Editor’s Note: This was originally posted as guest commentary on the Detroit Free Press. View the original post here.
I have worked as a tipped server for 15 years and, not counting tips, I still make only $2.65 an hour.
I’m a divorced mother with three kids. I need to put food on the table. I need to put clothes on their backs. I need to make sure they have what they need for school. I want to make sure they can have a successful future.
Because my tips can be sporadic — in some cases I have to wait hours before I get my first table — I have to make sacrifices. Take Christmas for example: When we were a two-income household, Christmas was no problem, but because of my current wage, my kids and I go without. That means no decorations and no presents. We’ve learned to get by.
I take advantage of clothing drives and church food boxes. It fills in the gaps, but it’s not the most prideful thing. My family and I do what we’ve got to do to get by, but I’m tired of it. People like me — those who work hard and play by the rules — shouldn’t have to struggle to afford the basics.
With the weather getting warmer, I’ll need to get new sneakers for my kids and start paying for school field trips. If I were making $10.10, paying that $8 for each of my kids to take a class trip wouldn’t be as daunting.
Those are the little things. But it’s the big things that really scare me. Because I work for such a low wage, I often get scared about situations that could ruin my family financially. A broken bone, a busted engine — there are a lot of situations that could put my family into homelessness.
In a non-minimum wage position, I would probably be making much more than $2.65 an hour as my base pay, I would have benefits, and I wouldn’t have to rely on public assistance. But that’s where I’m at and why I am fighting for a higher minimum wage.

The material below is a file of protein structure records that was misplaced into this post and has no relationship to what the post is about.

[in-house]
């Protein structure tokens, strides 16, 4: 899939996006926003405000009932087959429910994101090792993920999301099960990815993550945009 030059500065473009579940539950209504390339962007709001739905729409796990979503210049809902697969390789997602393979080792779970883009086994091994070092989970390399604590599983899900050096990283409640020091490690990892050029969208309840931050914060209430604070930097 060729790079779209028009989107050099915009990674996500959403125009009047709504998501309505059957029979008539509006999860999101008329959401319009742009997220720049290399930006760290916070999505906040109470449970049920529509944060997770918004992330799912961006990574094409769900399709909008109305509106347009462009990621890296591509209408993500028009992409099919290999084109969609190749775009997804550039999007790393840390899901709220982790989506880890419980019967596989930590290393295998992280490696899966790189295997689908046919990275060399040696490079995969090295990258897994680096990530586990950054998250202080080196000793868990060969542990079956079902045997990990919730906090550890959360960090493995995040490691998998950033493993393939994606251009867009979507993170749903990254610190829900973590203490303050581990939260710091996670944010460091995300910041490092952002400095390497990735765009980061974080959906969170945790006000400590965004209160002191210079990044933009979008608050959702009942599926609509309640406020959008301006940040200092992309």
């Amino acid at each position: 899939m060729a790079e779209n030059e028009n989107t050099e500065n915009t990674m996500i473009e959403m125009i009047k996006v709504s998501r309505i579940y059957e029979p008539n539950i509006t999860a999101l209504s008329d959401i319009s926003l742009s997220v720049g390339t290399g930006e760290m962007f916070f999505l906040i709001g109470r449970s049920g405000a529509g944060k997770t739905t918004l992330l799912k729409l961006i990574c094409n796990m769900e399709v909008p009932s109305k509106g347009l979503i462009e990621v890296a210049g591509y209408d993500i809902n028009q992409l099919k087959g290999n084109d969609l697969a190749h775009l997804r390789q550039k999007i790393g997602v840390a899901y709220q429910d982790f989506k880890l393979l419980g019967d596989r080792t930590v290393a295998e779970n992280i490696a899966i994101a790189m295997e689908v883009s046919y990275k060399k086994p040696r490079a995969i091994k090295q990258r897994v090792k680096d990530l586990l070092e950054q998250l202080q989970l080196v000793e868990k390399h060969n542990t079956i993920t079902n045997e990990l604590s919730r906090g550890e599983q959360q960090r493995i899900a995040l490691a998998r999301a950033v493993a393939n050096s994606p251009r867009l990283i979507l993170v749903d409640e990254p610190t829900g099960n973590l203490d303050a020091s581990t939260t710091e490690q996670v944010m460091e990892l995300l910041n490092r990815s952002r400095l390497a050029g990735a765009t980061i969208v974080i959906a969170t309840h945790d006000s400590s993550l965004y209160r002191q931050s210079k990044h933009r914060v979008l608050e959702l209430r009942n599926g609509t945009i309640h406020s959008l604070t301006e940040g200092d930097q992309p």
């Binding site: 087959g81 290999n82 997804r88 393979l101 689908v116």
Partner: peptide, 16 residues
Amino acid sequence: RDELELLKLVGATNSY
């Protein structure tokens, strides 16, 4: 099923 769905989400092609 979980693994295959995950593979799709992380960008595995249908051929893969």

Raising the minimum wage to $10.10 an hour for all minimum wage workers — including tipped workers — would be a game-changer for us.
If the wage were raised, I could get off public assistance, and I’m not alone. A study from the Center for American Progress showed that raising the wage would save $205 million in food assistance in Michigan. Workers like me don’t want a handout — we want to earn a decent living.
I could start to save up for my teenage daughter’s college fund and maybe even think about taking some online courses myself. With my current wage, that’s not an option. I can’t afford to save anything right now.
Everything I make I have to spend to keep the lights on and gas in the car. In fact, on days when business is slow and tips are low, I use more money in gas getting to and from work than I make during my shift.
For far too long, I have worked exhausting days on my feet only to wind up taking home less than $7.40 an hour. Michigan’s workers like me deserve better. It’s intimidating to approach your manager and explain that you’re not making enough. Often, workers like me get the runaround and are told, “Do better tomorrow.”
I need a constant source of income so I can plan my budget. I have the same bills every month, but not the same income. Restaurants can be seasonal businesses and my income fluctuates depending on how busy we are. The fall and spring can be busy times because kids are graduating and families are celebrating, but in the dead of winter, business can slow considerably and my income suffers.
For workers like me, raising the minimum wage to $10.10 over the next handful of years will create a sense of economic stability that many of us have never known. We bust our tails waiting tables, stocking shelves and making food for a wage that barely allows us to live from paycheck to paycheck.
It will make a difference in my life and the lives of nearly 1 million Michiganders.
Aisha Thurman, 36, of Detroit works as a restaurant server and is part of the Raise Michigan Coalition, which advocates for raising the minimum wage in Michigan.